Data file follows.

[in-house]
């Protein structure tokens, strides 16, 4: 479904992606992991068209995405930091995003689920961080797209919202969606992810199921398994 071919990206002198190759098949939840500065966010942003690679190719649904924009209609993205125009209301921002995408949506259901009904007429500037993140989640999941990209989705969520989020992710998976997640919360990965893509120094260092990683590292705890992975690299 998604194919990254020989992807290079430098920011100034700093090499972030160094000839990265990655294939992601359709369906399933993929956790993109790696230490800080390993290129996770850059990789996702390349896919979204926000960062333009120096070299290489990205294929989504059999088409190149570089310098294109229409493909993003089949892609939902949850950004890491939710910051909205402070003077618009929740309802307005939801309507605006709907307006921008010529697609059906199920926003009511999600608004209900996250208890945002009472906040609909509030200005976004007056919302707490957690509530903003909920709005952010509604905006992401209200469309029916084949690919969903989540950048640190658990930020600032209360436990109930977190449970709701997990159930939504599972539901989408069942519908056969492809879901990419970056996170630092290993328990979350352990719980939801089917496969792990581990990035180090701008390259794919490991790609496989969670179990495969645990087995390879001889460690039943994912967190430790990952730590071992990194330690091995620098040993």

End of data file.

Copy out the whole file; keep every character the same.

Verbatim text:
[in-house]
């Protein structure tokens, strides 16, 4: 479904992606992991068209995405930091995003689920961080797209919202969606992810199921398994 071919990206002198190759098949939840500065966010942003690679190719649904924009209609993205125009209301921002995408949506259901009904007429500037993140989640999941990209989705969520989020992710998976997640919360990965893509120094260092990683590292705890992975690299 998604194919990254020989992807290079430098920011100034700093090499972030160094000839990265990655294939992601359709369906399933993929956790993109790696230490800080390993290129996770850059990789996702390349896919979204926000960062333009120096070299290489990205294929989504059999088409190149570089310098294109229409493909993003089949892609939902949850950004890491939710910051909205402070003077618009929740309802307005939801309507605006709907307006921008010529697609059906199920926003009511999600608004209900996250208890945002009472906040609909509030200005976004007056919302707490957690509530903003909920709005952010509604905006992401209200469309029916084949690919969903989540950048640190658990930020600032209360436990109930977190449970709701997990159930939504599972539901989408069942519908056969492809879901990419970056996170630092290993328990979350352990719980939801089917496969792990581990990035180090701008390259794919490991790609496989969670179990495969645990087995390879001889460690039943994912967190430790990952730590071992990194330690091995620098040993």